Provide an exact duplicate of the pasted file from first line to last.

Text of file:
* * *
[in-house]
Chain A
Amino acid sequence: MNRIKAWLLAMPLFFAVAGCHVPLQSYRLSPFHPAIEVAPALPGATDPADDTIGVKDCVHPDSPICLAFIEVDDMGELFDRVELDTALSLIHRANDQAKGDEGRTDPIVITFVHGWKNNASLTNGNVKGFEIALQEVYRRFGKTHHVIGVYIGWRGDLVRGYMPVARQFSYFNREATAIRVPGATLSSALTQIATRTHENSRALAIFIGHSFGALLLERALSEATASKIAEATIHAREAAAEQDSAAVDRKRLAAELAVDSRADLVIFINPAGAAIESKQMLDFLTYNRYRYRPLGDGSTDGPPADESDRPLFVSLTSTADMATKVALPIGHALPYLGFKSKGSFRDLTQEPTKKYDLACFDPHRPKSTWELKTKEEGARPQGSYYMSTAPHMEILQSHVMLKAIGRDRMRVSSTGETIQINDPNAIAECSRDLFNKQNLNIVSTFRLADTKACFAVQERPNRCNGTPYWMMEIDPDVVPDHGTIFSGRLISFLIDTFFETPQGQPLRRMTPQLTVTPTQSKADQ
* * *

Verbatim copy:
[in-house]
Chain A
Amino acid sequence: MNRIKAWLLAMPLFFAVAGCHVPLQSYRLSPFHPAIEVAPALPGATDPADDTIGVKDCVHPDSPICLAFIEVDDMGELFDRVELDTALSLIHRANDQAKGDEGRTDPIVITFVHGWKNNASLTNGNVKGFEIALQEVYRRFGKTHHVIGVYIGWRGDLVRGYMPVARQFSYFNREATAIRVPGATLSSALTQIATRTHENSRALAIFIGHSFGALLLERALSEATASKIAEATIHAREAAAEQDSAAVDRKRLAAELAVDSRADLVIFINPAGAAIESKQMLDFLTYNRYRYRPLGDGSTDGPPADESDRPLFVSLTSTADMATKVALPIGHALPYLGFKSKGSFRDLTQEPTKKYDLACFDPHRPKSTWELKTKEEGARPQGSYYMSTAPHMEILQSHVMLKAIGRDRMRVSSTGETIQINDPNAIAECSRDLFNKQNLNIVSTFRLADTKACFAVQERPNRCNGTPYWMMEIDPDVVPDHGTIFSGRLISFLIDTFFETPQGQPLRRMTPQLTVTPTQSKADQ